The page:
Faith in people | Inquirer News

Faith in people

/ 10:30 AM July 04, 2012

In a country where people can get away with anything from traffic violations to murder, the cause of justice certainly becomes also a cause of faith. After all, you can cross the street anywhere you please without  fear of getting penalized. Drivers go through stop signs all the time. So why should you obey the law? It can only be for faith. Which might be the reason why our country is this way. Despite this, we are proud to say we are a country of deep faith.

Still, there are all manners of faith. There is faith in God. No matter what religion we believe in, we believe always in a remarkable manner. Many consider themselves deeply religious. We are capable of making great sacrifices for our religious faiths sometimes to obvious excess. It is our faith in people that we have a problem with.


To obey the law and the cause of justice in a country where not everyone does this requires that the person must come from a particular premise. And the premise is that this is every good citizen’s personal obligation to fulfill if the world would be changed for the better. There is no immediate reward for fulfilling this obligation. Indeed, there is a measure of loss and plenty of risks. This self-appointed obligation would seem at times uncalled for, even naive. If any reward comes for doing this it can come only at some future time. If one does it at all, one must do it for one’s children and their future children. It can only be an heroic act.

And yet, if the purpose of making this sacrifice is to change the world for the better, then one must have faith that it will. This faith is not directly rooted to one’s faith in God. Before that it is directly rooted on one’s faith in people.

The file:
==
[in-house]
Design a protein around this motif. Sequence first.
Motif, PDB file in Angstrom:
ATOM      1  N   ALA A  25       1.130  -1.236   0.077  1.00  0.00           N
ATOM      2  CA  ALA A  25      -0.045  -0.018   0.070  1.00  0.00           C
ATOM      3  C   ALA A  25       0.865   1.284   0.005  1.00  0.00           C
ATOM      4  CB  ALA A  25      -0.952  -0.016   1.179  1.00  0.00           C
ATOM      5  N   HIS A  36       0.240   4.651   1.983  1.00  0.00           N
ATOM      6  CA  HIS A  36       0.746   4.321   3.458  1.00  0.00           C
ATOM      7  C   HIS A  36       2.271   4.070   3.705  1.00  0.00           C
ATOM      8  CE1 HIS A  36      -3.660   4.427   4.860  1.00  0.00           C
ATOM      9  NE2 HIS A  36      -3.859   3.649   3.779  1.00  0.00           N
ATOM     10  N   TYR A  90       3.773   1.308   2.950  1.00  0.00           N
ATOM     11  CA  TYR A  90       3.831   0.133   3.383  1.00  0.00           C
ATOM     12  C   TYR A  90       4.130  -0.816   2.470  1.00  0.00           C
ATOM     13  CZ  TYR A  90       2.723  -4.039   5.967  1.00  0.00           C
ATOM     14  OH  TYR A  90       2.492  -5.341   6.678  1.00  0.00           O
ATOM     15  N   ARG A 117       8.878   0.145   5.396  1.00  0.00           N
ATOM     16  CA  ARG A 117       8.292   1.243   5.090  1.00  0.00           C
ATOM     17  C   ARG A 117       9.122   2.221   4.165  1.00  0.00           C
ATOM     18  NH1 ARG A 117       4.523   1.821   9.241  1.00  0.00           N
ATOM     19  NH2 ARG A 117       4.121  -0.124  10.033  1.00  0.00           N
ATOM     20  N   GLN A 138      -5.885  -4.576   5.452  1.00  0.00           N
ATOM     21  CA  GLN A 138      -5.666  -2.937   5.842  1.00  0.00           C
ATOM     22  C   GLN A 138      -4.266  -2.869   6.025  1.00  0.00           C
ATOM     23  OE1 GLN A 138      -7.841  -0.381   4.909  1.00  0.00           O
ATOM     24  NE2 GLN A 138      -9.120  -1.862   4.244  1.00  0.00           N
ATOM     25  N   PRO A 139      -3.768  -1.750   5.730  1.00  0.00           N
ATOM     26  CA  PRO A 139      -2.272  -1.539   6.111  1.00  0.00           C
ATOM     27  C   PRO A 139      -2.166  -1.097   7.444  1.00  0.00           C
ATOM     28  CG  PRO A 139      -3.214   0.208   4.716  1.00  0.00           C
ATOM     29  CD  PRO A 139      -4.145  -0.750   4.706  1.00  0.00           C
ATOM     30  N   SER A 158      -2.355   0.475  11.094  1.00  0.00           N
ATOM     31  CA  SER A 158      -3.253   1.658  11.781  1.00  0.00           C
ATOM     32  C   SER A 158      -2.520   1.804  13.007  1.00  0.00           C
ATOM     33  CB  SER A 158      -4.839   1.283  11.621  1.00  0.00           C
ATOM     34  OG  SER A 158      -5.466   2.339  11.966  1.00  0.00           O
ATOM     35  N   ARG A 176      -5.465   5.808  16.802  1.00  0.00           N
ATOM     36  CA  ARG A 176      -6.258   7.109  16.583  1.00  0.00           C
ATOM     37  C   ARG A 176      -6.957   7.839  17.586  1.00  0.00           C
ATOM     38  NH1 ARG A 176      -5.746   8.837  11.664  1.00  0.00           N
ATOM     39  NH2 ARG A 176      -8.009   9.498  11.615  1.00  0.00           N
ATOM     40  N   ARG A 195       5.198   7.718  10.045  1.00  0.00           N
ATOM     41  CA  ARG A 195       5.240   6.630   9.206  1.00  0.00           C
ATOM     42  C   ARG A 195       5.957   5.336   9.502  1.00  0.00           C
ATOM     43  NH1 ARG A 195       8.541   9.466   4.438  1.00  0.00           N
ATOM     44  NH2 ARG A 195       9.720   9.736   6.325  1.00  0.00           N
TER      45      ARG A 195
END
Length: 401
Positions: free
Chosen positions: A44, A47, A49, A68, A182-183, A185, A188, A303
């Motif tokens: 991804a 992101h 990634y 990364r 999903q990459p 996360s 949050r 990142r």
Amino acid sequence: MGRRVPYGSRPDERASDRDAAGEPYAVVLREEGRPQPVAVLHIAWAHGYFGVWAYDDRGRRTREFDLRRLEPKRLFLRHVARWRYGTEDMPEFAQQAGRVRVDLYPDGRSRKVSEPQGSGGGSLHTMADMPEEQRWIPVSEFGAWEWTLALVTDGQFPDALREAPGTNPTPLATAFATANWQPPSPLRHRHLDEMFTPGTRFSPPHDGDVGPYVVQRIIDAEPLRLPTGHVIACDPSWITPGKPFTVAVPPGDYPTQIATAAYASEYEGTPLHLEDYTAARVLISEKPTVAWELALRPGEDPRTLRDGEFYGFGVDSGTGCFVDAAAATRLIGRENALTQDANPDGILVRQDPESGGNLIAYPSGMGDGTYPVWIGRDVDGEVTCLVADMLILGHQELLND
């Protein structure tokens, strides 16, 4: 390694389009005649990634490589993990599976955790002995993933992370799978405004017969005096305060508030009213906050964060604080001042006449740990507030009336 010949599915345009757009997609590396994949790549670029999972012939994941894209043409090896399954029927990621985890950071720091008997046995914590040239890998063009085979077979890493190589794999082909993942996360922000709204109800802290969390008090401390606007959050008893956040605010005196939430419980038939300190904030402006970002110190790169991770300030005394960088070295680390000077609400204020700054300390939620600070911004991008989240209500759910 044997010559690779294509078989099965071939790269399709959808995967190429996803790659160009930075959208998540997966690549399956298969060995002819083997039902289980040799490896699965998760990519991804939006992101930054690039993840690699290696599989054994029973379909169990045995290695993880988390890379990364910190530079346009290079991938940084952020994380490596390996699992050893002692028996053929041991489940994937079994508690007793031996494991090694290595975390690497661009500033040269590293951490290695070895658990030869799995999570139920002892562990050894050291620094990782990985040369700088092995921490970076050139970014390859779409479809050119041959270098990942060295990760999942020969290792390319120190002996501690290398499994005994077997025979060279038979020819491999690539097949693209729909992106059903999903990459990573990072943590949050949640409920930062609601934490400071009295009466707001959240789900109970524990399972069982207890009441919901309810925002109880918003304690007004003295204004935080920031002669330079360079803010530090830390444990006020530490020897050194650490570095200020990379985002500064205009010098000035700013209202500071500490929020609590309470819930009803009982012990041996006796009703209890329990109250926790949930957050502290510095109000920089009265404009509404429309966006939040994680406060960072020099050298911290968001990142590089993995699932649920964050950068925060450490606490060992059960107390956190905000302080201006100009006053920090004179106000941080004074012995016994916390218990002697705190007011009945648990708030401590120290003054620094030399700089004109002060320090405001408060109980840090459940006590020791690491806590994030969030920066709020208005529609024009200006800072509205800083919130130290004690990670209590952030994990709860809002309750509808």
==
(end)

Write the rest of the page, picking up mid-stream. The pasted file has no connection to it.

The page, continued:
First, there must be faith that you are not alone to make this sacrifice. You must have to believe there are others who are doing it already although you might not know who they are. This faith comes from the humble belief that you are not yourself morally extraordinary. You are only an ordinary person willing to contribute to building a better world. And since you are not yourself remarkable then there must be others out there exactly like you. And you might even be many.

And then this faith in people is rooted also to one’s faith in the future. Is the world getting better or getting worse? There is no certain answer. What is certain is only that the world is changing in cycles of optimism and despair. It changes all the time at an increasing rate. Can we predict exactly where the world is going? Do we really have a hand in it? We cannot know for certain. And so whatever we do we can do only on the basis of what we believe.
Whether we are religious or not we can only describe our world using the language of faith.

But all manner of faith require a clear vision of what we want for ourselves and our future. The religiously faithful person knows Heaven or Nirvana or some other Paradise waits at the end of all these. But if besides this we also put our faith in people, what awaits us? What is our vision of a better world?
This can never be an obligatory vision we enforce on others. History shows that whenever we do this, the result has always been war and suffering. And so this faith requires that we must all have the patient wisdom to wait for this vision to form by itself as if it were a story unfolding and revealing itself in our collective awareness, a small light that slowly becomes brighter inside the dark imperfect world.

And we know exactly the imperfections of this world. Yet we also know that it is not imperfection itself which causes misery and suffering. The paradoxical fact is that this world’s imperfection is also the fundamental requirement for freedom to exist. The world we dream of can only be imperfect.  Freedom itself would be lost as soon as all imperfection disappears. In a perfect world there would be no room for choice. What we hope for therefore is not a perfect world. Perfection is better left up to God.

Our hope is much more humble and yet also by far easier: That in this imperfect world there will be lesser room for suffering and misery. That there will always be room for forgiveness and a need always for all that is good. That those who will come after us will always be gentler than we can now ever be. That there will always be the thirst for justice.  That there will always be room for all manner of faith whether faith in God, faith in people or faith in ourselves.

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